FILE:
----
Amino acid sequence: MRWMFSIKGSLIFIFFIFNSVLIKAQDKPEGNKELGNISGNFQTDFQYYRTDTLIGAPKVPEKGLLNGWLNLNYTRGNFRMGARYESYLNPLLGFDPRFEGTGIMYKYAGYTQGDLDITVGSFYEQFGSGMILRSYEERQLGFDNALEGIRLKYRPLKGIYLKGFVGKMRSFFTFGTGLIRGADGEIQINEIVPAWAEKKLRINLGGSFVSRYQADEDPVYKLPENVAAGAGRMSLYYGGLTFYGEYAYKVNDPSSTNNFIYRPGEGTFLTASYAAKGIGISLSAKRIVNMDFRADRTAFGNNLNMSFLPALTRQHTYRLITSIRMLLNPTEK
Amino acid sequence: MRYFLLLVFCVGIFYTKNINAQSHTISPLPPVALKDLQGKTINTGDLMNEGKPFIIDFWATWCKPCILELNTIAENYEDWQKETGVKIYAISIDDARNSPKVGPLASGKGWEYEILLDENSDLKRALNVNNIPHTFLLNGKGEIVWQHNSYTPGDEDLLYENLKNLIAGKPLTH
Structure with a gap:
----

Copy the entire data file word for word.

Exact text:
Amino acid sequence: MRWMFSIKGSLIFIFFIFNSVLIKAQDKPEGNKELGNISGNFQTDFQYYRTDTLIGAPKVPEKGLLNGWLNLNYTRGNFRMGARYESYLNPLLGFDPRFEGTGIMYKYAGYTQGDLDITVGSFYEQFGSGMILRSYEERQLGFDNALEGIRLKYRPLKGIYLKGFVGKMRSFFTFGTGLIRGADGEIQINEIVPAWAEKKLRINLGGSFVSRYQADEDPVYKLPENVAAGAGRMSLYYGGLTFYGEYAYKVNDPSSTNNFIYRPGEGTFLTASYAAKGIGISLSAKRIVNMDFRADRTAFGNNLNMSFLPALTRQHTYRLITSIRMLLNPTEK
Amino acid sequence: MRYFLLLVFCVGIFYTKNINAQSHTISPLPPVALKDLQGKTINTGDLMNEGKPFIIDFWATWCKPCILELNTIAENYEDWQKETGVKIYAISIDDARNSPKVGPLASGKGWEYEILLDENSDLKRALNVNNIPHTFLLNGKGEIVWQHNSYTPGDEDLLYENLKNLIAGKPLTH
Structure with a gap: